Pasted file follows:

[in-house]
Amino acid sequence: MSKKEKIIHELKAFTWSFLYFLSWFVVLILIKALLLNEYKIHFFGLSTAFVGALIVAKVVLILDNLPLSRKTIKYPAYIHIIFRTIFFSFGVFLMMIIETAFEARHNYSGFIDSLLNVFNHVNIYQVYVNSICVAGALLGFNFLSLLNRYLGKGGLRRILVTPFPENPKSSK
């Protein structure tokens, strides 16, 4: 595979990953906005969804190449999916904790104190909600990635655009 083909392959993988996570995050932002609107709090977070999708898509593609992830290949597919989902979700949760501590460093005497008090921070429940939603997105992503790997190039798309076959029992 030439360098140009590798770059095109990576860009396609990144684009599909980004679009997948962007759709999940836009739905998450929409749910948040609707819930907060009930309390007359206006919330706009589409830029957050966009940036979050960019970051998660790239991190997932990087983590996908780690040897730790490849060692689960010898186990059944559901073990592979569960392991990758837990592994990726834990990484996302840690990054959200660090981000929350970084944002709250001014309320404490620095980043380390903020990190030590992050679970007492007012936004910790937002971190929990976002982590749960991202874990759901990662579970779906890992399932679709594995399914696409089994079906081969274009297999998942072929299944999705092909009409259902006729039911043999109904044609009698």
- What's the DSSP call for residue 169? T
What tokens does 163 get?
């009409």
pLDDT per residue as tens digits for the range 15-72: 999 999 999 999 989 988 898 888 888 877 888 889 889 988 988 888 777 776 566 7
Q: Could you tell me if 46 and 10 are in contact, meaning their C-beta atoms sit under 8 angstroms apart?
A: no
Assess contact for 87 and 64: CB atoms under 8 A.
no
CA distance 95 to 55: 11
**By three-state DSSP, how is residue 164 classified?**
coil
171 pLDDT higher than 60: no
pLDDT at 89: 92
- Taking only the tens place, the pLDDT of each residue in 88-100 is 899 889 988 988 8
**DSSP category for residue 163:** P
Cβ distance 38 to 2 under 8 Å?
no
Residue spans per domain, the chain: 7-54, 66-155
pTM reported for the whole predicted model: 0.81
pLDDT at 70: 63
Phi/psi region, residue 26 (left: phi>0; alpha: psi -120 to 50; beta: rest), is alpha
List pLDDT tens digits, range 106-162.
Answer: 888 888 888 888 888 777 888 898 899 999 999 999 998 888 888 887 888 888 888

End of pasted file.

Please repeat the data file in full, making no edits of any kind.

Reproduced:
[in-house]
Amino acid sequence: MSKKEKIIHELKAFTWSFLYFLSWFVVLILIKALLLNEYKIHFFGLSTAFVGALIVAKVVLILDNLPLSRKTIKYPAYIHIIFRTIFFSFGVFLMMIIETAFEARHNYSGFIDSLLNVFNHVNIYQVYVNSICVAGALLGFNFLSLLNRYLGKGGLRRILVTPFPENPKSSK
């Protein structure tokens, strides 16, 4: 595979990953906005969804190449999916904790104190909600990635655009 083909392959993988996570995050932002609107709090977070999708898509593609992830290949597919989902979700949760501590460093005497008090921070429940939603997105992503790997190039798309076959029992 030439360098140009590798770059095109990576860009396609990144684009599909980004679009997948962007759709999940836009739905998450929409749910948040609707819930907060009930309390007359206006919330706009589409830029957050966009940036979050960019970051998660790239991190997932990087983590996908780690040897730790490849060692689960010898186990059944559901073990592979569960392991990758837990592994990726834990990484996302840690990054959200660090981000929350970084944002709250001014309320404490620095980043380390903020990190030590992050679970007492007012936004910790937002971190929990976002982590749960991202874990759901990662579970779906890992399932679709594995399914696409089994079906081969274009297999998942072929299944999705092909009409259902006729039911043999109904044609009698």
- What's the DSSP call for residue 169? T
What tokens does 163 get?
């009409």
pLDDT per residue as tens digits for the range 15-72: 999 999 999 999 989 988 898 888 888 877 888 889 889 988 988 888 777 776 566 7
Q: Could you tell me if 46 and 10 are in contact, meaning their C-beta atoms sit under 8 angstroms apart?
A: no
Assess contact for 87 and 64: CB atoms under 8 A.
no
CA distance 95 to 55: 11
**By three-state DSSP, how is residue 164 classified?**
coil
171 pLDDT higher than 60: no
pLDDT at 89: 92
- Taking only the tens place, the pLDDT of each residue in 88-100 is 899 889 988 988 8
**DSSP category for residue 163:** P
Cβ distance 38 to 2 under 8 Å?
no
Residue spans per domain, the chain: 7-54, 66-155
pTM reported for the whole predicted model: 0.81
pLDDT at 70: 63
Phi/psi region, residue 26 (left: phi>0; alpha: psi -120 to 50; beta: rest), is alpha
List pLDDT tens digits, range 106-162.
Answer: 888 888 888 888 888 777 888 898 899 999 999 999 998 888 888 887 888 888 888